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February 28, 2002

The Faces Behind Fairfax

Los Angeles high school's immigrant influx documented in the PBS series, "Senior Year."

http://www.jewishjournal.com/community_briefs/article/the_faces_behind_fairfax_20020301

Boris Dralyuk, a Russian immigrant who attends Fairfax High School, is a focus in the PBS series "Senior Year."

Boris Dralyuk, a Russian immigrant who attends Fairfax High School, is a focus in the PBS series "Senior Year."

Ask Boris Dralyuk about his student days at Fairfax High School and the impish young man with startlingly blue eyes will mockingly compare himself to one of the great anti-heroes of literature. "I know about the experiences of Saul Bellow's Augie March and the little Jewish kids growing up in tough urban areas, but Los Angeles is not one of those places. There is very little in common between the Lower East Side and Los Angeles. It's not a battle to grow up here. It is not a struggle."

While he may not have to brave New York winters in Los Angeles, Dralyuk has seen a fair amount of struggle in his time. He came from Odessa, Russia, in 1991 with his mother, Anna Glazer, while his father went to Israel where he eventually died of heart failure brought on by alcoholism.

Dralyuk's experience at Fairfax was especially unique, as he was selected to be one of 12 students profiled in the PBS documentary series "Senior Year." David Zeiger, the creator of the series, and a Fairfax alumnus himself, chose Dralyuk less because of the student's Judaism than because he was an immigrant.

"It was very important for us to follow a really smart, driven kid in public school," Zeiger said.

"He had come from Russia and it was kind of interesting to me that he had picked up English and become an intellectual with tremendous range," Zeiger explained. "Boris reflected a big reality. My agenda in 'Senior Year,' was to show public school in a positive light in the diversity it provides its students, and Fairfax is one of the most diverse places in the country. You can't have that diversity of kids outside of a public school situation. It's a real strength of Fairfax."

The students were followed by filmmakers who were USC and UCLA graduate students and not too far removed from their subjects ages.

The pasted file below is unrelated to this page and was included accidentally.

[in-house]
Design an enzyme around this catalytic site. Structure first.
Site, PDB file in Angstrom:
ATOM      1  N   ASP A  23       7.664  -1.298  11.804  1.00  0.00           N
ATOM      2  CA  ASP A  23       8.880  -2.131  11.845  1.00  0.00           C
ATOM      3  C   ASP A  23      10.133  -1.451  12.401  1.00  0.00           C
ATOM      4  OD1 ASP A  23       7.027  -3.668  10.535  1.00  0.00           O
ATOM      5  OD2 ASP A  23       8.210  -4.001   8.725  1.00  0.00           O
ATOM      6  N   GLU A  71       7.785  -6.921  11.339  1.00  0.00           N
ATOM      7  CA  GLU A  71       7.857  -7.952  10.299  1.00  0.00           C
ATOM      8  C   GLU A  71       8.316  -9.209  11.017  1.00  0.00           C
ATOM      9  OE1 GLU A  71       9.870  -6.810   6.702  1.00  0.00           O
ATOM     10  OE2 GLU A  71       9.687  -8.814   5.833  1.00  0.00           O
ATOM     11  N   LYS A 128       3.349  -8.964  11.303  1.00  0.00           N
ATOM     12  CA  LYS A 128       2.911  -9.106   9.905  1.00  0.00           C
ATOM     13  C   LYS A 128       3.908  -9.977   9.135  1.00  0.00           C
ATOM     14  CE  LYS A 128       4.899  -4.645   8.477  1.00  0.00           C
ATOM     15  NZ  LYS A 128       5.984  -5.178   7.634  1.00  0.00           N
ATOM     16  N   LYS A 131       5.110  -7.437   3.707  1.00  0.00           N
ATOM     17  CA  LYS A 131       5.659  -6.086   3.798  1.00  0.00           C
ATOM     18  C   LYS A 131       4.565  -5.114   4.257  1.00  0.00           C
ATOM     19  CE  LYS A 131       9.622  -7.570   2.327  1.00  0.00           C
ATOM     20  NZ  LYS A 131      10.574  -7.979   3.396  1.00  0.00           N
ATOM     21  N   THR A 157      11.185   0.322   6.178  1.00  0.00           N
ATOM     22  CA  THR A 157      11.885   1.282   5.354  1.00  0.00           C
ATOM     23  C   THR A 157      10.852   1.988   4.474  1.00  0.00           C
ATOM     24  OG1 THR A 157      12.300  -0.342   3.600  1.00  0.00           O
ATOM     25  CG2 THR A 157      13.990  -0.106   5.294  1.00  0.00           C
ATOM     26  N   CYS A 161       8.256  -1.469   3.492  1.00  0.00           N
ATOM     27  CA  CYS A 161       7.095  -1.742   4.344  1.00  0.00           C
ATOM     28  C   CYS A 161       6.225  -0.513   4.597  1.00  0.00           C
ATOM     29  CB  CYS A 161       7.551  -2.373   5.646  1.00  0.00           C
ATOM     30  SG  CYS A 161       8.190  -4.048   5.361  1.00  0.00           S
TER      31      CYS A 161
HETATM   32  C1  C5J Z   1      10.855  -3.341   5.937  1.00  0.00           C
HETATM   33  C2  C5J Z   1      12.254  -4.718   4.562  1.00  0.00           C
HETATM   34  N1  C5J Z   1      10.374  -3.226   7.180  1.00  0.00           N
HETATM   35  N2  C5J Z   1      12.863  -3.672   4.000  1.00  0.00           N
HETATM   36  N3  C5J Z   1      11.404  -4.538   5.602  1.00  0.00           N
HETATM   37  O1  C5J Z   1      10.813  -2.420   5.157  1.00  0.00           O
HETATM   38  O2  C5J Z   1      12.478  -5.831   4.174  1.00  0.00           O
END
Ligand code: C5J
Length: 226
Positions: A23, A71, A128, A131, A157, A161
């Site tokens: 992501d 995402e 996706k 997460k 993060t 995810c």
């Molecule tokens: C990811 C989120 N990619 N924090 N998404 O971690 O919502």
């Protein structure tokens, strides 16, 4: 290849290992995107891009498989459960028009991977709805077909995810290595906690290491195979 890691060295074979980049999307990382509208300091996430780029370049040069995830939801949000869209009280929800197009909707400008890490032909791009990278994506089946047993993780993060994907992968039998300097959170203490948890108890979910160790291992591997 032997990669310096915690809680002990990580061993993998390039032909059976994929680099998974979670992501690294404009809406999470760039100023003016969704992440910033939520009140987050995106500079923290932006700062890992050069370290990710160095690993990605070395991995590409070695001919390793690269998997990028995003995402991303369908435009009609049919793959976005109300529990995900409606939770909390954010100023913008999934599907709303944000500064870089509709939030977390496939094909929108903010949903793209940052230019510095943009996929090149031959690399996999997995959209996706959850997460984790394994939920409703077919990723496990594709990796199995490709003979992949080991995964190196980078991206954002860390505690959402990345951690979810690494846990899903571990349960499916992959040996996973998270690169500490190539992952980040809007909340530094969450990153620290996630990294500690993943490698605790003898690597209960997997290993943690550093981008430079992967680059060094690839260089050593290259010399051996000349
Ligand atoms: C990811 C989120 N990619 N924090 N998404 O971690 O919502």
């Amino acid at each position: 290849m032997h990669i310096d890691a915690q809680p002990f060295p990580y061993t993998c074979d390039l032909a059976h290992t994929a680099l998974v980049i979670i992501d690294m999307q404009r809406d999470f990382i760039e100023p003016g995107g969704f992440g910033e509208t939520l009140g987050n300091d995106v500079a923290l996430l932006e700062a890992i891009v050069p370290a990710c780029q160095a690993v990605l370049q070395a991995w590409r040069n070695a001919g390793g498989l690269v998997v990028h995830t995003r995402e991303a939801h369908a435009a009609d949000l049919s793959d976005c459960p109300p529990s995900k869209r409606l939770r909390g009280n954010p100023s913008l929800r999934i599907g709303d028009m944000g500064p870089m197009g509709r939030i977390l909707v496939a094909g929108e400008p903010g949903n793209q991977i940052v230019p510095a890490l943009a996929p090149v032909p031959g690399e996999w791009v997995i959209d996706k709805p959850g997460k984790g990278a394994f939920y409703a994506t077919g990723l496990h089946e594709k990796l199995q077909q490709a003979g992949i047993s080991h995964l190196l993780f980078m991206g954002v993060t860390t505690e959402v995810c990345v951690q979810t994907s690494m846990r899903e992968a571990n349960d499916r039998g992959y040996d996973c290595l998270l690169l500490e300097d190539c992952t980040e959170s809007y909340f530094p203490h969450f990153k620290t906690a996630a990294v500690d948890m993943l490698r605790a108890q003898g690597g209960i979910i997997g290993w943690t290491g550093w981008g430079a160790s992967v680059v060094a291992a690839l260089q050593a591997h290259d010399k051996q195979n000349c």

Zeiger came back to his alma matter for the 1999-2000 school year to see what had changed in the neighborhood. While Zeiger found that the classic dramas of adolescence have remained the same, the background against which those dramas are played out against has changed dramatically. When Zeiger graduated in 1967, he estimates the school was 98 percent middle-class Jews. "I think we had two African American students in the entire place." Now only 13 percent of Fairfax's 2,700 students are classified as white, non-Hispanic -- nearly 90 percent of whom are Eastern European Jewish immigrants, like Dralyuk.

Dr. Carolee Bouge, Fairfax's dean of students said, "In the '60s, it was mostly white and the most diversity we had were the two Jewish populations -- Ashkenazic and Sephardic. Now the school is really a microcosm of the world picture. We have over 62 countries represented at the school, and 35 languages spoken."

So how did a school in the traditional heart of Jewish Los Angeles come to only have Jewish students who were immigrants? The flight of Jewish students from Los Angeles public schools has stepped up dramatically in the 1990s with 70 percent of Jewishly identified children in the Fairfax district attending private schools, both Jewish and non-Jewish. According to Bruce Phillips, a professor of sociology at Hebrew Union College-Jewish Institute of Religion, "When L.A. High was destroyed in the 1971 earthquake, they shipped those kids over to Fairfax. No one was prepared for the influx, and that began to contribute to the decline of Fairfax as a neighborhood school."

Seniors from Fairfax still excel, with two students attending Harvard from the graduating class last year, 22 going to UCLA, 15 to Berkeley and three to USC, according to Kay Ochi, the school's college advisor. Thirty percent of the students do attend four-year colleges, and 55 percent attend two-year colleges. However, over 15 percent of the senior class still does not graduate.

The diversity of student accomplishments is perhaps a reflection of the various socio-economic groups the school pulls from, and may explain why a school that sends its graduates to the top universities in the country also qualifies as a Title 1 school.

Bouge tells stories of Korean children brought over by their parents and left alone to live in rented rooms in the district to give them an American education. "These kids obviously need a lot of support from their school," Bouge said. If anything, the diversity of students and their academic accomplishments might be testimonial to how vivid the American dream is for many immigrants.

Dralyuk was able to navigate the tricky twists and turns at Fairfax and not only survive, but thrive. Currently a sophomore at UCLA where he is studying Russian Literature, Dralyuk clearly cherished his time at Fairfax. "What I took away from Fairfax was the value of having so many people coexisting together without becoming homogenous, and even celebrating their diversity by teaching one another who they really are."

"Senior Year" airs every Friday night at 10 p.m. on KCET. The series will be preempted March 1, 8 and 15, but returns Friday, March 22. For more information, visit the Web site at www.pbs.org/senioryear .

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